“True compassion is not just an emotional response but a firm commitment founded on reason.” – HH, the Dalai Lama
Think of people as a cross between ants and marbles constantly moving in somewhat random patterns. A mass of movement, whirring about, jostling for position and direction going about our business of motion. Sometimes we bump into each other and those bumps impact direction and velocity. When we bump, it is a function of being in the right place at the right time to have whatever impact we do. We go about our days, bumping into other marbles in the checkout line, while making lane changes, and while making a living. Many contacts happen without us being aware of them, without thinking. People often have tunnel vision and are focused only on our own paths. The reality is, though, that the opportunity for real connection is always there, we simply must expect it from ourselves. Even amidst seemingly random patterns we can choose to forge bonds with each other, but we must be committed to seeing other people with compassion.
One day I was on my way to the grocery store to pick up a prescription. It was a gray, blustery day. Traffic in the parking lot was horrible, and I could see an even more frustrating backup while a car inexplicably sat in the way of any traffic in any direction. I hate that. I was not in the best of moods that day, and after I waited five long minutes I got out of my car and walked to the head of the line, which was now edging out into the street. I gestured at the driver and at that moment a man walked out of the store and headed over to the waiting car. He asked me what my problem was, and I said that I was going to ask her to move the car so the traffic could pass. I was on my best behavior, I was professional, pleasant, not at all nasty. I really didn’t expect the vitriol that spewed from his mouth at me. I can’t remember the details but I remember my reaction. Instead of flinching back I took a step forward, straightened my posture, stuck out my chin, and said his attack was unnecessary. He then said, “What are you going to do, hit me? You big dyke.” Bizarre. I am anything but big. I am a little thing, even if I am strong, and I don’t necessarily transmit dykeness, at least that is what folks tell me. I was really taken aback. I wondered why he chose to call me a dyke. Perhaps in his world women who don’t back down to aggression are immediately dykes. I swear all this flashed through my brain, along with some odd fear that I look gay. I have never cared about looking gay, nor do I know what looking gay means. I said something vaguely insulting like I wouldn’t want to catch your stupid, and he got in the car and they drove away.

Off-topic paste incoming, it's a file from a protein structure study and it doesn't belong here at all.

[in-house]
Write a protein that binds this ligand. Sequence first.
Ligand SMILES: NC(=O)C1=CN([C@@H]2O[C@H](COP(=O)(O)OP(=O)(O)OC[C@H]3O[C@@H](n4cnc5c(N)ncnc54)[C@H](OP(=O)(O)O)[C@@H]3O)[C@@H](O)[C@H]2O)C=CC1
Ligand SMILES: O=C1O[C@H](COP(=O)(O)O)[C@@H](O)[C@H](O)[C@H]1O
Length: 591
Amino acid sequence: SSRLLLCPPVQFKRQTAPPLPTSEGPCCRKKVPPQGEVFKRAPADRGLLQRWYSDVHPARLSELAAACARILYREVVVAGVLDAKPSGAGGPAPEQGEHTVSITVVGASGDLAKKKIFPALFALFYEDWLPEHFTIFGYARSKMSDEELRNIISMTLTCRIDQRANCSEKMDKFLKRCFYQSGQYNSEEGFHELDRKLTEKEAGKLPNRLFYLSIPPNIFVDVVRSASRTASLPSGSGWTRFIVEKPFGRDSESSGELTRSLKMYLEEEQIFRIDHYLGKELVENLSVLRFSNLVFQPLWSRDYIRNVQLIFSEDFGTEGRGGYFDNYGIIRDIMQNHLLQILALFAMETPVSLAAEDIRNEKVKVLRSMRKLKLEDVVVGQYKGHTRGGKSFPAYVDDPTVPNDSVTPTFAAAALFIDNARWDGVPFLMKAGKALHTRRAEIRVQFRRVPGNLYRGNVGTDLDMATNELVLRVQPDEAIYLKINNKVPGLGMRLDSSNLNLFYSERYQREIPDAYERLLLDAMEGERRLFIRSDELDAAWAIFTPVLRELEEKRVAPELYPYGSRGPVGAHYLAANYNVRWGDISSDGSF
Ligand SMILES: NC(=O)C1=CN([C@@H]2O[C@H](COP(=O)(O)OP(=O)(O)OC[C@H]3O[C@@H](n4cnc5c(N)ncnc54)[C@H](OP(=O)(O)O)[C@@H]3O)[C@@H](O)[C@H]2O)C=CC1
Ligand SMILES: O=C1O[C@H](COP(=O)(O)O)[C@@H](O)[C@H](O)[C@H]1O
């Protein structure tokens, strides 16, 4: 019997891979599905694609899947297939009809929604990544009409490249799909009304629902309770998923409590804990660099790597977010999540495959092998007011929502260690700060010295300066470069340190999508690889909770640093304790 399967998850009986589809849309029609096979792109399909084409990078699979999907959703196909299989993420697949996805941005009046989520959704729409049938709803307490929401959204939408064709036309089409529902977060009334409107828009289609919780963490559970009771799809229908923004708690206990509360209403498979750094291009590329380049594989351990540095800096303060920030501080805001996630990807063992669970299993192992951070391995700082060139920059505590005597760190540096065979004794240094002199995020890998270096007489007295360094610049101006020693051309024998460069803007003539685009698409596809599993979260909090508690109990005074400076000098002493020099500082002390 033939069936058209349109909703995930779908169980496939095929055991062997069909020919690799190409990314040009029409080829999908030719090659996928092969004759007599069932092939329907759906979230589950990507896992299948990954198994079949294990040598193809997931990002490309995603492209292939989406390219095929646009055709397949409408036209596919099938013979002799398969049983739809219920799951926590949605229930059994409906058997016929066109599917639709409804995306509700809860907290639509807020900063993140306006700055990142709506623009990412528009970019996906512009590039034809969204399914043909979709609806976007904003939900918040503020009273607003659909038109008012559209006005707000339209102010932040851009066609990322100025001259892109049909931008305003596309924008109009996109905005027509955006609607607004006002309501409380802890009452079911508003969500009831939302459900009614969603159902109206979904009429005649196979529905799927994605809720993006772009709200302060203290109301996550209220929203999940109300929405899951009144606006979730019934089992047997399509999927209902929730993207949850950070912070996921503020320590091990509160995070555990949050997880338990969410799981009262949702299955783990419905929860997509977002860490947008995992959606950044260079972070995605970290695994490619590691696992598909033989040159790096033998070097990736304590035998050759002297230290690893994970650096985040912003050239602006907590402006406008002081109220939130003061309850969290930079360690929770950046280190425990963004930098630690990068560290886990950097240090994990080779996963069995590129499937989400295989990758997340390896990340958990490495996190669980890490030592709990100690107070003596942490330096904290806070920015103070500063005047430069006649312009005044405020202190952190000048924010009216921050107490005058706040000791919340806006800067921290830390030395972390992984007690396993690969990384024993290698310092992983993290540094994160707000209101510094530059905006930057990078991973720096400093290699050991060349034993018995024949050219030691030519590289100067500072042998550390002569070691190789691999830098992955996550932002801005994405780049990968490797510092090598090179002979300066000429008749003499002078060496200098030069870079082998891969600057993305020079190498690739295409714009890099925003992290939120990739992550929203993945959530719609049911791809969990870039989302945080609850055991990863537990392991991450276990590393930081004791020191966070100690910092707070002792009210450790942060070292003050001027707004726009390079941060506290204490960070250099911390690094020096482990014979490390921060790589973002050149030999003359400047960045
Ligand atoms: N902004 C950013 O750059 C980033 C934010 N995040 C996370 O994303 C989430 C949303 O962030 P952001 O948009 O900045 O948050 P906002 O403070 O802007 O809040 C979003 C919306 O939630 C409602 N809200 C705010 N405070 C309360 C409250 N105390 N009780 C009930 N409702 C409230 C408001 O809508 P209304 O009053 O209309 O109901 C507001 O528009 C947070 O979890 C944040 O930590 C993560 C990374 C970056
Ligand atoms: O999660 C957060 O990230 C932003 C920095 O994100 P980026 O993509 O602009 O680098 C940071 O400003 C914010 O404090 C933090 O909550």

I went back to my car, parked and walked inside. I was shaking, and almost in tears from some kind of weird fragile rage. An elderly gentlemen nodded at me as I walked in and I forced myself to smile back. I went to get my prescription, and he walked up. We started chatting, and I don’t remember what he said to me, something about the weather and prescriptions – just small talk. He asked me if I was okay. I think he had seen the altercation, or maybe he just noticed me looking upset. I explained a bit of what happened, and he said you are too nice and smart a woman to let such rudeness shake you up. “If were younger I think I’d ask you out.” So weird. Maybe that was his way of reassuring me about the whole wacky encounter. Maybe he didn’t even see it. But his kindness and concern and reaching out to my, at that moment, very small sad self, touched me deeply. I don’t know why. I’ll bet he has forgotten that exchange, but I haven’t. I remember it as a bright spot of human warmth during an ugly day.